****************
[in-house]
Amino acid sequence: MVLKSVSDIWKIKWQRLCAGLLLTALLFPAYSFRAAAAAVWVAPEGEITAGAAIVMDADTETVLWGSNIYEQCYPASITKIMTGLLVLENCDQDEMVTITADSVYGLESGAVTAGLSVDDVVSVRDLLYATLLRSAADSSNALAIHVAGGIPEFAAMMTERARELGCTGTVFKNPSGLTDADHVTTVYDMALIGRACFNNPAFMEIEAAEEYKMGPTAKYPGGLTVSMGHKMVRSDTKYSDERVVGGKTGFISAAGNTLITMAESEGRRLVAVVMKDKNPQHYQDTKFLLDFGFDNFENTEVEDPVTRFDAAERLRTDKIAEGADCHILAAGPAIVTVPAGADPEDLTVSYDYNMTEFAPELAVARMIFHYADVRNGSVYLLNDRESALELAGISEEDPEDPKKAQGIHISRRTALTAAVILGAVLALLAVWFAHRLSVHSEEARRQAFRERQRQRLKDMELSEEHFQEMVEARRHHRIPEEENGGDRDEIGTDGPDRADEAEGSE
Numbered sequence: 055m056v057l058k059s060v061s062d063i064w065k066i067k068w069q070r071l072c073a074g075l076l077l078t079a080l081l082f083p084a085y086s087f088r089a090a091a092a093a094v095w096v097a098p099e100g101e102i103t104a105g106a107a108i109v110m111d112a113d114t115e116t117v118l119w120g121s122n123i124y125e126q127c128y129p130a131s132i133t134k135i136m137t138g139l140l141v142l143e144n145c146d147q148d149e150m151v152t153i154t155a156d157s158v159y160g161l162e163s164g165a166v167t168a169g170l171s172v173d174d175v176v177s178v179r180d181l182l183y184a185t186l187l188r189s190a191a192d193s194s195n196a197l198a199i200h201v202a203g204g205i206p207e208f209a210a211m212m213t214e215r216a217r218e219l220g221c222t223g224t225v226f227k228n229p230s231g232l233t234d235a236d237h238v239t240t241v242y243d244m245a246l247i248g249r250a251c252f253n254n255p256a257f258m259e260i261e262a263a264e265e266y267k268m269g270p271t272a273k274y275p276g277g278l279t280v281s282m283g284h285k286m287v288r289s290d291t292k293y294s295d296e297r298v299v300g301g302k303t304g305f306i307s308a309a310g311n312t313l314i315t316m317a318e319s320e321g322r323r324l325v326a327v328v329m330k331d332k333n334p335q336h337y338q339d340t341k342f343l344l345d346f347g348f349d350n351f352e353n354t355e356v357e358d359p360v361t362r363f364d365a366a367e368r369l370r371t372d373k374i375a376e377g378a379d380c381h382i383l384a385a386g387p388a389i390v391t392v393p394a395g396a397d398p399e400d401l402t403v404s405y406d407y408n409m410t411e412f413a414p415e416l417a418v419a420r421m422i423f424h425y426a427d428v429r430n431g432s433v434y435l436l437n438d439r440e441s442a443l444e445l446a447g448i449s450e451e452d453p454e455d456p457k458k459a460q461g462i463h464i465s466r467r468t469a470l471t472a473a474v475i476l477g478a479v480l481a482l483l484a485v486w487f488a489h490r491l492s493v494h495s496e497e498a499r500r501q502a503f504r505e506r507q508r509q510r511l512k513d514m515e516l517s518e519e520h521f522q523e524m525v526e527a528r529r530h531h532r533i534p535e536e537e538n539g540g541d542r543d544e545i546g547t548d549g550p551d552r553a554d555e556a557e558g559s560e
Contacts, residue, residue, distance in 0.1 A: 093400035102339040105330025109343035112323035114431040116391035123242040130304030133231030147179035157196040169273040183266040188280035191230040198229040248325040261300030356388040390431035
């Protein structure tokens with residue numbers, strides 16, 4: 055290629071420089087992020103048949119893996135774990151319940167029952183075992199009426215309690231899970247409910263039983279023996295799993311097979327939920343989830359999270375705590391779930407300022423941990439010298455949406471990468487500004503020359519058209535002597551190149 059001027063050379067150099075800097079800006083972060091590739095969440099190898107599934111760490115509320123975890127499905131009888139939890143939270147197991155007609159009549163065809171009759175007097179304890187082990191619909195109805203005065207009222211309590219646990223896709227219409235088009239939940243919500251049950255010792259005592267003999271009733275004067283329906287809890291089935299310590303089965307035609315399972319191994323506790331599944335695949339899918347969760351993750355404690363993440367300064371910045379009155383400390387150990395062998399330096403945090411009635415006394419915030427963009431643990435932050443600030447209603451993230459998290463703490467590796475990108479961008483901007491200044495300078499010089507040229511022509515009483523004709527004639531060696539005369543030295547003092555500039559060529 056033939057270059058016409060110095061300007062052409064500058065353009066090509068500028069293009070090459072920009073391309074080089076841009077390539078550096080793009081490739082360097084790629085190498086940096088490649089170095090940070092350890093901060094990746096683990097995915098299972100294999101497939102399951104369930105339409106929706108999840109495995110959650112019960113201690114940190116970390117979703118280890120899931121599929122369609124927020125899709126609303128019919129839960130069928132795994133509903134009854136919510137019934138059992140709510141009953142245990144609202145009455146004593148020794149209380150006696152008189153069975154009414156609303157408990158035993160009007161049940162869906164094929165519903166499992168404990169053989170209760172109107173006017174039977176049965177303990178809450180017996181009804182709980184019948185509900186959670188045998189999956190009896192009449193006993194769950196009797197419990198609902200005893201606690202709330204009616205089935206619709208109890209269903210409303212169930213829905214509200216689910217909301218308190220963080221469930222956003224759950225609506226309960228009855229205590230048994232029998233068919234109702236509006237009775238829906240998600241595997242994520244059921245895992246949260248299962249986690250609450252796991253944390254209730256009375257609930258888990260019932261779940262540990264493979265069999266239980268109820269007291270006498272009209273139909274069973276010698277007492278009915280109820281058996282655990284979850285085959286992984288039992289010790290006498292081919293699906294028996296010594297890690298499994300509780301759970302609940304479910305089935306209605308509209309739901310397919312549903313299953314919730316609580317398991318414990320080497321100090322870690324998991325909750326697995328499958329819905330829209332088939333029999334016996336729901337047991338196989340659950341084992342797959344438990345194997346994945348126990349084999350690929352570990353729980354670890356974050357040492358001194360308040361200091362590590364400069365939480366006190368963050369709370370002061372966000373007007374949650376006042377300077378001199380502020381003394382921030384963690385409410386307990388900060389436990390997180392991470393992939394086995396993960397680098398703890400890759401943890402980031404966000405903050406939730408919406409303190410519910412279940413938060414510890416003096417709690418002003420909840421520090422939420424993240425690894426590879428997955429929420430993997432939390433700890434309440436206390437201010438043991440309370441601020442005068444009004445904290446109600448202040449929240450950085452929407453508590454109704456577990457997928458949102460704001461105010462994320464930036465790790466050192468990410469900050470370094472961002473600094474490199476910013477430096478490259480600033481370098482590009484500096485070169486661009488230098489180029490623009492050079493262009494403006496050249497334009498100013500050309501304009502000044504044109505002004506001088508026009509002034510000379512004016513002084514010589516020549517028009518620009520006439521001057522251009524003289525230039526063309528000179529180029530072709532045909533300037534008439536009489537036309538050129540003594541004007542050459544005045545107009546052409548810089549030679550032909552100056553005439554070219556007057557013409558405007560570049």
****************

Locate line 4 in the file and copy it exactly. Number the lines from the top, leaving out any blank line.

Contacts, residue, residue, distance in 0.1 A: 093400035102339040105330025109343035112323035114431040116391035123242040130304030133231030147179035157196040169273040183266040188280035191230040198229040248325040261300030356388040390431035